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Lou Gehrig's Plaza
Lou Gehrig's disease


Research into Lou Gehrig's disease has demonstrated that, at least in mice carrying the associated genetic mutation, this neurodegenerative disorder can spatially manifest itself as “very subtle” but detectable behavioral patterns before the onset of symptoms.

Quoting at length a press release from the American Psychological Association:

Researchers led by Neri Kafkafi, PhD, of the Maryland Psychiatric Research Center, part of the University of Maryland's School of Medicine, mathematically analyzed about 50,000 predetermined movement patterns that resulted when rats roamed freely, one by one, in a small arena. The software created an abstract space defined by combinations of behavior such as speed, acceleration and direction of movement. Mining the resulting behavioral data enabled researchers to test many more facets of behavior than they could analyze manually.

After videotaping the movement of two groups of rats – one type with the mutation that results in an ALS-type syndrome, the other type normal controls — the scientists used the computer to "pan" for differences between groups and identified a unique motor pattern in mutant rats two months before disease onset (which would equate to roughly five to 10 years in humans).

Of the multitude of behavior patterns analyzed, the predefined "heavily braking while slightly turning away from the wall" showed a group difference. In two independent data sets, rats with the ALS-type mutation were significantly less likely than controls to brake and turn from the arena wall as they approached.


The benefit of this study is that “by being able to predict more accurately which carriers may express the disease before they experience symptoms (the 'premorbid' state), researchers could test medicines that might prevent symptoms from emerging.”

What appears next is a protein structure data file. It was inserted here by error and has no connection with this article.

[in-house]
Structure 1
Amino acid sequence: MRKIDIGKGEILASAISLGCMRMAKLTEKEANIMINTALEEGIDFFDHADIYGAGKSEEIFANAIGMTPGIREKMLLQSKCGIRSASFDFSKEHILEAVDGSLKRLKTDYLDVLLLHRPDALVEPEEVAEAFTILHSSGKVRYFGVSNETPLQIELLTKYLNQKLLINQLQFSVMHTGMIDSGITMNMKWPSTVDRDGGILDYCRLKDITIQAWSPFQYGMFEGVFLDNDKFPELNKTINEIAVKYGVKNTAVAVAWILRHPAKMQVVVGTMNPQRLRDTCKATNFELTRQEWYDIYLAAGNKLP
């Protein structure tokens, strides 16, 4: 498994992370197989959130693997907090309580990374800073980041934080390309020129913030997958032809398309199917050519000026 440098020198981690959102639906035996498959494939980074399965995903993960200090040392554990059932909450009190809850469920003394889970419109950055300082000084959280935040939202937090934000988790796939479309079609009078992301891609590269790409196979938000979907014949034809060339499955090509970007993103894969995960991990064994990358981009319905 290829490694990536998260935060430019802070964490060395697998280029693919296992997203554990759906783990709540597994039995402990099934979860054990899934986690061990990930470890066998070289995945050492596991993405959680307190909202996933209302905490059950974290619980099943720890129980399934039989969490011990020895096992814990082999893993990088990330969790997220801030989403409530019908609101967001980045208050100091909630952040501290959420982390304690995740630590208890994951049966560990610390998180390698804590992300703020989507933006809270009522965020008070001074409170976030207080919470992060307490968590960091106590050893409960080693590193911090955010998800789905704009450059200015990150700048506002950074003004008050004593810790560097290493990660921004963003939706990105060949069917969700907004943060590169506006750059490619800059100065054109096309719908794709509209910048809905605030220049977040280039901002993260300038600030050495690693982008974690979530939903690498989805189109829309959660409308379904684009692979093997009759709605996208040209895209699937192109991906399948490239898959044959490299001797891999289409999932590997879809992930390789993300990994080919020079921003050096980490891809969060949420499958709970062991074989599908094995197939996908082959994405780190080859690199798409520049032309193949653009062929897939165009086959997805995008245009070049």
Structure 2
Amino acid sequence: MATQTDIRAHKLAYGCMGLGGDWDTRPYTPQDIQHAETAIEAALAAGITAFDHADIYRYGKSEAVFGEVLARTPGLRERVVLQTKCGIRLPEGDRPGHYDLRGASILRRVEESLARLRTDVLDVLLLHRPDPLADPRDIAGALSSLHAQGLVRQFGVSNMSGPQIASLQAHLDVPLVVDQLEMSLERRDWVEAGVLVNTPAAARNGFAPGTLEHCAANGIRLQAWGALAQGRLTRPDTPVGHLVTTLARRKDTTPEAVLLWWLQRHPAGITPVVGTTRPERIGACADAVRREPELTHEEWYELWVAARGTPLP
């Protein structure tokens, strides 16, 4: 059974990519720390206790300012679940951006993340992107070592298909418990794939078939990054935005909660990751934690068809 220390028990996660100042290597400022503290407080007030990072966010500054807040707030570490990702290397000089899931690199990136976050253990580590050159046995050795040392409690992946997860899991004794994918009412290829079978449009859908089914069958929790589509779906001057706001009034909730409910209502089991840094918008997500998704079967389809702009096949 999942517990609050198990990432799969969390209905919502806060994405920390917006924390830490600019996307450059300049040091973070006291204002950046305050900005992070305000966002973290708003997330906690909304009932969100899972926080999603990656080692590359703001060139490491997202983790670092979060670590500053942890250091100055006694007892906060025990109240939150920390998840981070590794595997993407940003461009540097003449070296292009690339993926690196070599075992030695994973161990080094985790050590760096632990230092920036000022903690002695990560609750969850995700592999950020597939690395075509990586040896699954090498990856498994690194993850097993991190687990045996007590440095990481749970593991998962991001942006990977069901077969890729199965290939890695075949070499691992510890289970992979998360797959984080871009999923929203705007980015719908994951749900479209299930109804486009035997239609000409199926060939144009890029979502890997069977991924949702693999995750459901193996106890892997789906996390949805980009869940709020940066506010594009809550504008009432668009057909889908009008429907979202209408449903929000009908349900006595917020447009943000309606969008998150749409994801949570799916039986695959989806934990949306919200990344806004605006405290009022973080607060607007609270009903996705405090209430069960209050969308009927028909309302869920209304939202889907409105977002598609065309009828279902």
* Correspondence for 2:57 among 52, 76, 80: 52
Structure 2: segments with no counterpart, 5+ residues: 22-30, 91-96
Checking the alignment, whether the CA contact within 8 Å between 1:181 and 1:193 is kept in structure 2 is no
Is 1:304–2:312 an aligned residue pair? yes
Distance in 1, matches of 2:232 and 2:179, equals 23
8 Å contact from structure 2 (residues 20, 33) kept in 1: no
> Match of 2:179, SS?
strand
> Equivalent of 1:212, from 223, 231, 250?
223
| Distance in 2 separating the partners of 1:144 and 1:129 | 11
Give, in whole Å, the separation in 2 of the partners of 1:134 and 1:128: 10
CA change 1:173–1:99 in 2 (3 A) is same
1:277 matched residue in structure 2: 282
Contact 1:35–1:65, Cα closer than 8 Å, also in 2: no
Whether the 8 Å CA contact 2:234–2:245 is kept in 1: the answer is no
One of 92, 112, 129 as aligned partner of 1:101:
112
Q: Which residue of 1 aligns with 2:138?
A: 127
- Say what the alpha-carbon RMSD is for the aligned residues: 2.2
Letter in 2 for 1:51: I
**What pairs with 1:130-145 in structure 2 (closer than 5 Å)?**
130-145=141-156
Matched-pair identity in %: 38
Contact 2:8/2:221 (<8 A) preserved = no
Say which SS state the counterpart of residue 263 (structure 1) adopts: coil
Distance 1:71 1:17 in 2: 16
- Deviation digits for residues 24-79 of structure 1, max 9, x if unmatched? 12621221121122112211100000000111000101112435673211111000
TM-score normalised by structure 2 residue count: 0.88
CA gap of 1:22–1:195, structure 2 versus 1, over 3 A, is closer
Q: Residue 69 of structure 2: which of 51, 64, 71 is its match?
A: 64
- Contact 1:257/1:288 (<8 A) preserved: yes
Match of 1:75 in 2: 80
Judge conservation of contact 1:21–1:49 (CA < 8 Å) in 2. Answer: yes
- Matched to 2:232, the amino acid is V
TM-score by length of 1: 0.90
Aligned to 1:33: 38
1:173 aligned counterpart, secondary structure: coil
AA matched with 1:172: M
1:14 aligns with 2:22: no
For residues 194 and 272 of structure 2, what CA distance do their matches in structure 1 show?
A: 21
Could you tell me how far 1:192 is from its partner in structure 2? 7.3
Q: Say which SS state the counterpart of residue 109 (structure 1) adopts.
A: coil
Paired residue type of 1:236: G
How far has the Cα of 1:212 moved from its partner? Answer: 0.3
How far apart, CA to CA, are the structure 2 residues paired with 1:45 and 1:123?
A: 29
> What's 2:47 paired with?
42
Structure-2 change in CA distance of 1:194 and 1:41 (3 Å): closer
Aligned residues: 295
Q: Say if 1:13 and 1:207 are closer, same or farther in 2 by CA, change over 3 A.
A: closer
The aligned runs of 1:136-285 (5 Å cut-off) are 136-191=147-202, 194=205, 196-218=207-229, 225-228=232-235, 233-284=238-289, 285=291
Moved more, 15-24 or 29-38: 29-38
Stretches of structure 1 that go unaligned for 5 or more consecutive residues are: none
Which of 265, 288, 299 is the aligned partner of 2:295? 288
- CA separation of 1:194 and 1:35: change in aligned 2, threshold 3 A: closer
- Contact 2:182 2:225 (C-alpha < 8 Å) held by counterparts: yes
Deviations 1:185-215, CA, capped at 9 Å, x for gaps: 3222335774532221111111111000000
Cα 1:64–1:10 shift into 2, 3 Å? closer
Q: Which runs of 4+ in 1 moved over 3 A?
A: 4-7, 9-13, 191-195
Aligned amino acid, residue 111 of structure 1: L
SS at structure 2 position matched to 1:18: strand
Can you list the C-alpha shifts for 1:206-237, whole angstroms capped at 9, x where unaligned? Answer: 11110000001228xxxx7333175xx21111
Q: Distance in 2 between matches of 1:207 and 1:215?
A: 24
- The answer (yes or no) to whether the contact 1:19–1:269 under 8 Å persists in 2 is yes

Lou Gehrig's disease


One wonders whether this sort of research, somewhere down the line, will result in public places getting littered with CCTV cameras data mining for the tell-tale signs of genetic diseases affecting motor functions. Similarly when traffic cameras take a photo of your license plate when you go over the speed limit and then get your ticket in the mail a couple of days later, these outdoor medical scanners take a photo of your face, match it up to a database at the CDC and a couple of days later, you get a diagnosis in the mail.

There will be a specially outfitted plaza where those without health insurance can get their free check-ups. Those with no more sick days can simply walk pass through on their way to work or linger about during their lunch breaks. Hypochondriacs will come in droves and stay there, like skateboarders to a Brutalist plaza.

It's landscape as a diagnostic tool.

Barco


If there is a predictive behavioral pattern to a pedophile's movements within the spatial confines of playgrounds and parks (that is, if children still go outdoors anymore) as well as the streets bordering schools, you get a court order to receive some psychiatric counseling.

Do terrorists have a genetic mutation that not only affect their cognitive reasoning but also their motor functions, the pattern array of which is so perceptibly different with that of non-terrorists that you can “spot” them?


The Alzheimer House
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